Following a debate today in Isle of Man’s parliament, the Tynwald, members of the House of Keys (MHKs, the equivalent of MPs) voted overwhelmingly in favour (22-2) of allowing a private member’s bill on assisted dying to be introduced. The legislation is proposed by Dr Alex Allinson, MHK for Ramsey and a GP, who was also instrumental in bringing forward the island’s abortion legislation, which is the most progressive in the British Isles.
In January 2020 Dr Allinson tabled a motion on assisted dying which was rejected on the grounds that MHKs wished to first learn more about the subject and from other jurisdictions that had legalised assisted dying, however today MHKs voted overwhelmingly in favour of introducing draft assisted dying legislation for debate.
Dr Allinson’s private member’s bill would enable terminally ill, mentally competent adults the choice of an assisted death, subject to strict safeguards and alongside end-of-life care. It is modelled on proposals recently debated in the House of Lords. A public consultation on the island will now be held over the summer, with a draft bill available by the end of the year. This will then be reviewed by a committee of the Tynwald, with experts asked to give evidence to inform discussions. An opinion poll last year found that 87% of islanders support a change in the law on assisted dying.
Speaking in the debate today, Dr Allinson said:
“Honourable Members, this is not an issue that is going to go away, nor a problem that we can continue to seek to ignore. I believe now is the time for a real debate on legislation, and how we can provide real choice for terminally ill, mentally competent adults…
“As Parliamentarians and legislators, we now have the opportunity to represent the people who placed us here, to ask for their views and wishes for the future. This is the first step in any meaningful change and I ask for your support to step closer to a time when those dying on our island genuinely have choice, respect and can receive any support they require.”
This comes amid legislative progress in Jersey, another British Crown Dependency able to legislate on assisted dying independently from Westminster, and in Scotland. In Jersey, a citizen’s jury and its parliament, the States Assembly, last year approved the principle of assisted dying and draft legislation will be drafted later this year for debate in 2023. In Scotland, an assisted dying bill proposal brought by Liam McArthur MSP received a huge public response last year with a final proposal expected to be lodged in the autumn, followed by scrutiny by committee next Spring and a stage one vote in the Scottish Parliament expected next Summer.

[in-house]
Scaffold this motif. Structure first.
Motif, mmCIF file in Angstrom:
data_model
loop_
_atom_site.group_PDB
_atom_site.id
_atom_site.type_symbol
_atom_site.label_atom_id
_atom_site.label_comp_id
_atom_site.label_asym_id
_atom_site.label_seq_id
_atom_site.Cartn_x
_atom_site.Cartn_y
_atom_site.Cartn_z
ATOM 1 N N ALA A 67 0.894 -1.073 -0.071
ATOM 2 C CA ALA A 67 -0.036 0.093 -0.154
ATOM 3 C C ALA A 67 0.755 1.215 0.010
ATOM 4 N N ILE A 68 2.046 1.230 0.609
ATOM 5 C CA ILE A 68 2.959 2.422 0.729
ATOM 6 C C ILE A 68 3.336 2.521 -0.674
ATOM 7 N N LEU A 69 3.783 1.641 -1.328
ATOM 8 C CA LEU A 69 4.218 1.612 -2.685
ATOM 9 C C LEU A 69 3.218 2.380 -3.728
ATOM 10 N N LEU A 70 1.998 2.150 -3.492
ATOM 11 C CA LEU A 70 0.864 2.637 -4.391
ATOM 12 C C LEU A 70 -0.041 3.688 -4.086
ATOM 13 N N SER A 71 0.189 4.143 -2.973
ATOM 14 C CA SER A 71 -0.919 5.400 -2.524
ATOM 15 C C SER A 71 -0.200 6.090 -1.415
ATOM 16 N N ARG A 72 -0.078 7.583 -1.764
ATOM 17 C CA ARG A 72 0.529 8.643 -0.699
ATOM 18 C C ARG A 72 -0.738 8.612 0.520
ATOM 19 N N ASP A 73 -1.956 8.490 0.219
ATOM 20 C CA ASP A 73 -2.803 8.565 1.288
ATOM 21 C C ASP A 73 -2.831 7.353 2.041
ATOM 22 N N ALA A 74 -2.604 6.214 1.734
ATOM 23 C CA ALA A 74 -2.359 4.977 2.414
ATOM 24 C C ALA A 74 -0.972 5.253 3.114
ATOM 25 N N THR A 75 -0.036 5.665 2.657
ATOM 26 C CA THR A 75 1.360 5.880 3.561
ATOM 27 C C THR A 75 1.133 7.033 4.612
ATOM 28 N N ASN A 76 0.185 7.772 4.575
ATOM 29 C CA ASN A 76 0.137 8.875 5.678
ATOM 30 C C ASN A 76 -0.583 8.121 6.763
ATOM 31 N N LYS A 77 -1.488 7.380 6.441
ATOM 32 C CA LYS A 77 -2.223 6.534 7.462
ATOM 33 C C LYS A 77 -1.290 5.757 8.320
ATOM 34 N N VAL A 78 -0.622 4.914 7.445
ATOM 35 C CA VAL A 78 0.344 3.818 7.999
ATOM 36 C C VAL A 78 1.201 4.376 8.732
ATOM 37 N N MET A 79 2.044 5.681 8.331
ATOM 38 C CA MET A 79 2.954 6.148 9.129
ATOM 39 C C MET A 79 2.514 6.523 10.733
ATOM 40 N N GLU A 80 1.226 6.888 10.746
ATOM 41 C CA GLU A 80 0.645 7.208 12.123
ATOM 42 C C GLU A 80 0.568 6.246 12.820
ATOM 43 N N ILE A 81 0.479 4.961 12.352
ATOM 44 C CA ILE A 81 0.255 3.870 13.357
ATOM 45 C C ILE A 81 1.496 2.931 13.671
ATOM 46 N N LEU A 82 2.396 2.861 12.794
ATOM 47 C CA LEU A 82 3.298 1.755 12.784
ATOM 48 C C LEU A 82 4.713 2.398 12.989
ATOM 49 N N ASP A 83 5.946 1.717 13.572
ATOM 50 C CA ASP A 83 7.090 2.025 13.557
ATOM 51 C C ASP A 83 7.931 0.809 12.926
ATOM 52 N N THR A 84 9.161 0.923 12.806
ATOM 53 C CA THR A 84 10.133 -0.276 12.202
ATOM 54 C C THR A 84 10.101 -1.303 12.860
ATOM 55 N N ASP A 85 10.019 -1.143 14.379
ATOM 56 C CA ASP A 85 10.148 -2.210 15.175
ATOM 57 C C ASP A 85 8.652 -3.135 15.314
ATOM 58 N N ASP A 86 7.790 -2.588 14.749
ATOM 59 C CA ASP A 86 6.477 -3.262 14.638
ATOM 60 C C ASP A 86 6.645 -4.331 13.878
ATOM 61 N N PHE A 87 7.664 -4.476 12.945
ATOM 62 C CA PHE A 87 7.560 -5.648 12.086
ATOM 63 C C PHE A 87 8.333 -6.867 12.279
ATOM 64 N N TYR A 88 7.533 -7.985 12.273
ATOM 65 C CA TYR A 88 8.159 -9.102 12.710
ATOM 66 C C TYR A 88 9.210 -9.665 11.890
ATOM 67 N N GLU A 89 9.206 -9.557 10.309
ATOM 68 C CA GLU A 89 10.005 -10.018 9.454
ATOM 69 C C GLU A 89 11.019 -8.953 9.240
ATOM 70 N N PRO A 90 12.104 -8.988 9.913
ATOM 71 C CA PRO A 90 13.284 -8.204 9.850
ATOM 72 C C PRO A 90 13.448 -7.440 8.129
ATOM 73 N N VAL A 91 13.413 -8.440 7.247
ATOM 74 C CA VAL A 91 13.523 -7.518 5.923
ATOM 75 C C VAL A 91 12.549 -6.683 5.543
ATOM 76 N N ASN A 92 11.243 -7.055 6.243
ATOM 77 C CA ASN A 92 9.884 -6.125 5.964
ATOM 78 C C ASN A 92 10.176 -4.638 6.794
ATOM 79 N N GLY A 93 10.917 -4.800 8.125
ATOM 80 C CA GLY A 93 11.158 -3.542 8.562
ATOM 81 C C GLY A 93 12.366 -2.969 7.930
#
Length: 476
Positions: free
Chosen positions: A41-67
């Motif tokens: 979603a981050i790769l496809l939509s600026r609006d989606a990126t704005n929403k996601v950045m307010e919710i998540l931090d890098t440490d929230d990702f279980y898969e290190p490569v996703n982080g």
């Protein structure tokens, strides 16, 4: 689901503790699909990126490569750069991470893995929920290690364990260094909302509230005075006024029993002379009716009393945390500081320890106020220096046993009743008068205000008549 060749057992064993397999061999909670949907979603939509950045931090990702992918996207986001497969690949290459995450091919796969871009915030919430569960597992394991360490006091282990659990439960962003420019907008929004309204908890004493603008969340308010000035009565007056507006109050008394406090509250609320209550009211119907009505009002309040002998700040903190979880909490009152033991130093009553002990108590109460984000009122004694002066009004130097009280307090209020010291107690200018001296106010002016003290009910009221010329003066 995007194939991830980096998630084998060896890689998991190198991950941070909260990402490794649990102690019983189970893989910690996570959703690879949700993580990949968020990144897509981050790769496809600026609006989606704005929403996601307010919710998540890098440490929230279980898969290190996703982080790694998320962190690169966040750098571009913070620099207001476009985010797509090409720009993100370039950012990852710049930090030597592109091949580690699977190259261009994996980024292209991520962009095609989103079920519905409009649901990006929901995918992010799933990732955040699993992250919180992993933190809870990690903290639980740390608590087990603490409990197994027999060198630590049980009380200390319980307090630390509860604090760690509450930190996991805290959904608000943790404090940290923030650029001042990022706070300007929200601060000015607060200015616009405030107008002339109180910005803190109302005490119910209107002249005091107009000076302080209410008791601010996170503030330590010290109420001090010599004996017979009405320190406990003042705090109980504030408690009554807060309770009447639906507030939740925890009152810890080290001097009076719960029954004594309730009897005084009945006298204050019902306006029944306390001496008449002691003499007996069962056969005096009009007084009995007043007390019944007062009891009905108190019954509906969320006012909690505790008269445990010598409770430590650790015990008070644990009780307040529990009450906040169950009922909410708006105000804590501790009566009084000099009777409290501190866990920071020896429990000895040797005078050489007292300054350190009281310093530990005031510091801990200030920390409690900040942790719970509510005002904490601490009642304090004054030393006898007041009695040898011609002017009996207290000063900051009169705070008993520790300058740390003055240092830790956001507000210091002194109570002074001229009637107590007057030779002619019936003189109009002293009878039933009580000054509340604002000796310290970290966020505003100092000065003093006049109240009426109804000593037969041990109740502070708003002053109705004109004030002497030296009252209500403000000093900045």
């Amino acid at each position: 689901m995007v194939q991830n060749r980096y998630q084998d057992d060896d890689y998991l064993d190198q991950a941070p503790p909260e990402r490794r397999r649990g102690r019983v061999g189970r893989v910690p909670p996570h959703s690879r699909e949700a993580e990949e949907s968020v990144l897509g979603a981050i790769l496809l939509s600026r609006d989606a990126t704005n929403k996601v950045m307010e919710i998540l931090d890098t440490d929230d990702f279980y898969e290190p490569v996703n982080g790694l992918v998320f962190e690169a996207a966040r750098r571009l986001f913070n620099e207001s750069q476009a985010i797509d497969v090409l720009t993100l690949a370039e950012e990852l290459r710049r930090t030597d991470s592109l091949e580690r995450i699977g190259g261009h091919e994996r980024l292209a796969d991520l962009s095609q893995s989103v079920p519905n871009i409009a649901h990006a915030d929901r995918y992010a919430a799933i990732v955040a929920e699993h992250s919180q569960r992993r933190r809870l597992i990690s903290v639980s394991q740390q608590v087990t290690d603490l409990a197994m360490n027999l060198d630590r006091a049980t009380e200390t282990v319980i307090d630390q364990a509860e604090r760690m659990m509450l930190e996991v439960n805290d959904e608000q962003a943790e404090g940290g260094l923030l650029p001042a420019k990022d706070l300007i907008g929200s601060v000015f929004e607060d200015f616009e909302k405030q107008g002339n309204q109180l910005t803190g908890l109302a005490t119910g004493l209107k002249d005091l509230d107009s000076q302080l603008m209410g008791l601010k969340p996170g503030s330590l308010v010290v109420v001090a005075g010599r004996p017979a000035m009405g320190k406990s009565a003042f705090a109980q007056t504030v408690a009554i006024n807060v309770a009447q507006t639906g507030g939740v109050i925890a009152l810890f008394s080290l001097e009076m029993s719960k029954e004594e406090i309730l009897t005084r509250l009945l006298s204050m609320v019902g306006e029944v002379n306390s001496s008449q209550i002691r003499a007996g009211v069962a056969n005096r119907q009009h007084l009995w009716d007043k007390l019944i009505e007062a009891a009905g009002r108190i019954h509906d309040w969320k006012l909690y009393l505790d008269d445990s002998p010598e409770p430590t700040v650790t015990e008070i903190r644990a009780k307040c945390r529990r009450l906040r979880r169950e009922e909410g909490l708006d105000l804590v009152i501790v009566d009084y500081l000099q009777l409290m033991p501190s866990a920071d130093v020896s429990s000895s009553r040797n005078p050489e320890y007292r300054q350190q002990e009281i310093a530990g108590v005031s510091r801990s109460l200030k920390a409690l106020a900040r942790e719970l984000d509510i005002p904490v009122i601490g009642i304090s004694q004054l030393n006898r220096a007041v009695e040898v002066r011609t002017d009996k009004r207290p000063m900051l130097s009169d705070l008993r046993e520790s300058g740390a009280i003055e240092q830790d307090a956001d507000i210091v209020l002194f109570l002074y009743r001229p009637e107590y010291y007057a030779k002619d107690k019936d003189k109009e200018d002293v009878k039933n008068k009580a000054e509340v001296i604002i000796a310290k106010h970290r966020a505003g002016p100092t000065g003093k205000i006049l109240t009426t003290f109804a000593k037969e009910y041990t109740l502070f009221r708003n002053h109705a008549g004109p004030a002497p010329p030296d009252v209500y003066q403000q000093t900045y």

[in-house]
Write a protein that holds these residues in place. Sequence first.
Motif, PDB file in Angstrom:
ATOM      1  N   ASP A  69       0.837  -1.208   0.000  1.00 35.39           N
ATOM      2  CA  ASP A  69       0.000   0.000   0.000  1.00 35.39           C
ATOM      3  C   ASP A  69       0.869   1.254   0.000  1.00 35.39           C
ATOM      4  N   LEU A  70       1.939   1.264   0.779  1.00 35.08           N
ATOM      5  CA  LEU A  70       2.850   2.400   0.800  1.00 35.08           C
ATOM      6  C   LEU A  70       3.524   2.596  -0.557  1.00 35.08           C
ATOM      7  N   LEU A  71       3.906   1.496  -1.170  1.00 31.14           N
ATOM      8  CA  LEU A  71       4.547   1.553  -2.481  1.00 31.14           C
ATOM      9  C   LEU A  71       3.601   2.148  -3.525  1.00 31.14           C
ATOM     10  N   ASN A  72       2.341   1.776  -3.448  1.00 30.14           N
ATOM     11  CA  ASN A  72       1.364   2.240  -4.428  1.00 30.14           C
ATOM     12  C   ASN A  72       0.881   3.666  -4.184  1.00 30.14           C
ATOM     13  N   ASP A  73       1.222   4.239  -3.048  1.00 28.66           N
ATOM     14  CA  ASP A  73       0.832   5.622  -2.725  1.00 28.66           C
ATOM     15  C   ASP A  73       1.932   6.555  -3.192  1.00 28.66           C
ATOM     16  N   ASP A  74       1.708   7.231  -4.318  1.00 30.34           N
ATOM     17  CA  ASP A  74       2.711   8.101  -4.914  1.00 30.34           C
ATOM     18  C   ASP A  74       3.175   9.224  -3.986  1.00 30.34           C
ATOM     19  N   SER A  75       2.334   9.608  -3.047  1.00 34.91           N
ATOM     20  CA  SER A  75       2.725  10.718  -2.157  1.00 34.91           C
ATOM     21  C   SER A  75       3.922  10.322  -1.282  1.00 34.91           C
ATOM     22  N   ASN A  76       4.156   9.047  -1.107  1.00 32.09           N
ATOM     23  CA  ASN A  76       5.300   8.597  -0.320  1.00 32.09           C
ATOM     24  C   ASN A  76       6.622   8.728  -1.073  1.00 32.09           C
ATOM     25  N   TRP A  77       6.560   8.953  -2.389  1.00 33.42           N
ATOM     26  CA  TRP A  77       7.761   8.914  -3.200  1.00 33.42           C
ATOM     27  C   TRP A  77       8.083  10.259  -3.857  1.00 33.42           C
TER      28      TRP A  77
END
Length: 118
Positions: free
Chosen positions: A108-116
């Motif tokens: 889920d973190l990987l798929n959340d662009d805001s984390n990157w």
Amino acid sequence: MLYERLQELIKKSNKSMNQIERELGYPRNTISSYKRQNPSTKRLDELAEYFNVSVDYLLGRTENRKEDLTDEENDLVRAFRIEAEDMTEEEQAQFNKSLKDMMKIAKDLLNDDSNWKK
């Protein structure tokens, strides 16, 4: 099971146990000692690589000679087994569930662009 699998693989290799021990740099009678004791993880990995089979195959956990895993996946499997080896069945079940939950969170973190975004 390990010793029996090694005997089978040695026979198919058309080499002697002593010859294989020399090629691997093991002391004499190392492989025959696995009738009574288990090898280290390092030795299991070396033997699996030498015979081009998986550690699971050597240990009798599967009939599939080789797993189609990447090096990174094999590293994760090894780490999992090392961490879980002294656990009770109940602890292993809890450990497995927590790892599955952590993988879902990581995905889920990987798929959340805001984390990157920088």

In Westminster, a debate on assisted dying is expected in the House of Commons in the coming weeks, after an official government petition by Dignity in Dying garnered over 100,000 signatures. A private member’s bill introduced in the House of Lords by Baroness Meacher, Chair of Dignity in Dying, fell at the prorogation of Parliament on 28th April, despite the Bill passing its Second Reading unopposed in the House of Lords in October and commanding huge public and parliamentary support.
Last week New South Wales became the final Australian state to legalise assisted dying as a choice for terminally ill citizens, with only the territories now remaining. Similar laws are in place across New Zealand and 11 jurisdictions across the US, with some form of assisted dying legislation now in place in Spain, Switzerland, Netherlands, Belgium, Luxembourg, Canada and Colombia. In Germany, Austria and Italy courts have either struck down their respective assisted dying bans or ruled that it is unconstitutional. Portugal’s parliament has approved legislation though its president has vetoed it at present.
In the UK, recent data from the Office for National Statistics (ONS) has indicated that terminally ill people are more than twice as likely to take their own lives than the general population. The data comes after several suicides and suicide pacts involving terminally ill Brits have come to light, with Dignity in Dying research estimating that up to 650 terminally ill people are taking their own lives every year in the UK in lieu of the safe, legal choice of assisted dying. This is in addition to the pre-pandemic average of 50 Brits a year who travel to Switzerland for an assisted death (costing at least £10,000) and 6,400 a year who suffer in pain as they die in the UK despite access to the best possible palliative care.
Sarah Wootton, Chief Executive of Dignity in Dying, which campaigns for a change in the law on assisted dying across the British Isles, said:
“This vote today represents a victory for compassion and common-sense, not just for the Isle of Man but the whole of the British Isles. Parliamentarians are quickly catching up with the public on assisted dying, recognising that it is becoming increasingly untenable to defend laws that fail to provide terminally ill people with the choice and protection they want and need. We commend Members of the House of Keys for grasping this nettle and taking steps towards a safer and more compassionate future for its dying citizens, alongside law-makers in Jersey and Scotland.
“In light of this progress, the growing evidence of the dangers of the status quo and the huge public appetite for change, it is only right that MPs in Westminster are also given the opportunity for full and fair debate. Assisted dying must be given the time and respect it deserves in Parliament. Continuing to ban this option not only lacks compassion; it represents a serious risk to patient safety which can no longer be ignored.”
For further information or interviews with parliamentarians, Dignity and Dying spokespeople or case studies please contact Ellie Ball, Deputy Director of Communications, Dignity in Dying, at firstname.lastname@example.org or 07725 433 025.